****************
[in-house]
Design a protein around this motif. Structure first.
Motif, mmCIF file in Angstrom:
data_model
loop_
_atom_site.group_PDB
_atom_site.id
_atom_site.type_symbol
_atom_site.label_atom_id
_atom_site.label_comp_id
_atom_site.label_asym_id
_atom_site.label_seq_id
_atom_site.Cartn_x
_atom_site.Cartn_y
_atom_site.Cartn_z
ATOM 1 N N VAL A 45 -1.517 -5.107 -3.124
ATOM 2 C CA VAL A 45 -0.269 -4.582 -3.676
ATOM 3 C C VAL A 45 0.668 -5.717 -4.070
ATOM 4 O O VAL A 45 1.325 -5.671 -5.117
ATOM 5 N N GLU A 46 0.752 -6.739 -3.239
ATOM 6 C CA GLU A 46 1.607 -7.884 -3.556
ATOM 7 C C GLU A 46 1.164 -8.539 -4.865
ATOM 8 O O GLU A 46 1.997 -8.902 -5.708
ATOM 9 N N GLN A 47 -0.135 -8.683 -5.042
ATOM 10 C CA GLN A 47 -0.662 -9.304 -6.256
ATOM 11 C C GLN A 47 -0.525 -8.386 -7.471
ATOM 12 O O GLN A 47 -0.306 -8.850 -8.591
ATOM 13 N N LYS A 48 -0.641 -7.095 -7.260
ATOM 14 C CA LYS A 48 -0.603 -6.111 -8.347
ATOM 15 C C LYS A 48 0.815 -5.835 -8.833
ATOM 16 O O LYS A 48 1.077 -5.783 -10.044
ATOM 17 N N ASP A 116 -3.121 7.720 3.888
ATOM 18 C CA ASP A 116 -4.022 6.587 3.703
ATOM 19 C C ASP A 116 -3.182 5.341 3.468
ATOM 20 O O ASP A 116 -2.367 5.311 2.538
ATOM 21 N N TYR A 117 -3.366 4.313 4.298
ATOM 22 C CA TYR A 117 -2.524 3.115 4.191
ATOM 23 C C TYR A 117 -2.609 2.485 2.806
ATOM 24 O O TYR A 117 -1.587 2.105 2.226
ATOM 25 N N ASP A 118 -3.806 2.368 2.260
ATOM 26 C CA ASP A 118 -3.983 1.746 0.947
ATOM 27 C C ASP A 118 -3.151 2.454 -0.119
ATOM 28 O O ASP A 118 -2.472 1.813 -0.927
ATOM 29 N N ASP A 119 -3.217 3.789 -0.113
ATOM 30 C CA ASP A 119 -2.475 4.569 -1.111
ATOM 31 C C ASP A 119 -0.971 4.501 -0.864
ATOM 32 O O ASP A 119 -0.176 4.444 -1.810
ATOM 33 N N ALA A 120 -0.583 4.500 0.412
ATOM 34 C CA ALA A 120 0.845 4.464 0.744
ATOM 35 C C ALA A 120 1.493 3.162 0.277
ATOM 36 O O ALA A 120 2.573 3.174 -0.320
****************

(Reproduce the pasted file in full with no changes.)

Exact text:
[in-house]
Design a protein around this motif. Structure first.
Motif, mmCIF file in Angstrom:
data_model
loop_
_atom_site.group_PDB
_atom_site.id
_atom_site.type_symbol
_atom_site.label_atom_id
_atom_site.label_comp_id
_atom_site.label_asym_id
_atom_site.label_seq_id
_atom_site.Cartn_x
_atom_site.Cartn_y
_atom_site.Cartn_z
ATOM 1 N N VAL A 45 -1.517 -5.107 -3.124
ATOM 2 C CA VAL A 45 -0.269 -4.582 -3.676
ATOM 3 C C VAL A 45 0.668 -5.717 -4.070
ATOM 4 O O VAL A 45 1.325 -5.671 -5.117
ATOM 5 N N GLU A 46 0.752 -6.739 -3.239
ATOM 6 C CA GLU A 46 1.607 -7.884 -3.556
ATOM 7 C C GLU A 46 1.164 -8.539 -4.865
ATOM 8 O O GLU A 46 1.997 -8.902 -5.708
ATOM 9 N N GLN A 47 -0.135 -8.683 -5.042
ATOM 10 C CA GLN A 47 -0.662 -9.304 -6.256
ATOM 11 C C GLN A 47 -0.525 -8.386 -7.471
ATOM 12 O O GLN A 47 -0.306 -8.850 -8.591
ATOM 13 N N LYS A 48 -0.641 -7.095 -7.260
ATOM 14 C CA LYS A 48 -0.603 -6.111 -8.347
ATOM 15 C C LYS A 48 0.815 -5.835 -8.833
ATOM 16 O O LYS A 48 1.077 -5.783 -10.044
ATOM 17 N N ASP A 116 -3.121 7.720 3.888
ATOM 18 C CA ASP A 116 -4.022 6.587 3.703
ATOM 19 C C ASP A 116 -3.182 5.341 3.468
ATOM 20 O O ASP A 116 -2.367 5.311 2.538
ATOM 21 N N TYR A 117 -3.366 4.313 4.298
ATOM 22 C CA TYR A 117 -2.524 3.115 4.191
ATOM 23 C C TYR A 117 -2.609 2.485 2.806
ATOM 24 O O TYR A 117 -1.587 2.105 2.226
ATOM 25 N N ASP A 118 -3.806 2.368 2.260
ATOM 26 C CA ASP A 118 -3.983 1.746 0.947
ATOM 27 C C ASP A 118 -3.151 2.454 -0.119
ATOM 28 O O ASP A 118 -2.472 1.813 -0.927
ATOM 29 N N ASP A 119 -3.217 3.789 -0.113
ATOM 30 C CA ASP A 119 -2.475 4.569 -1.111
ATOM 31 C C ASP A 119 -0.971 4.501 -0.864
ATOM 32 O O ASP A 119 -0.176 4.444 -1.810
ATOM 33 N N ALA A 120 -0.583 4.500 0.412
ATOM 34 C CA ALA A 120 0.845 4.464 0.744
ATOM 35 C C ALA A 120 1.493 3.162 0.277
ATOM 36 O O ALA A 120 2.573 3.174 -0.320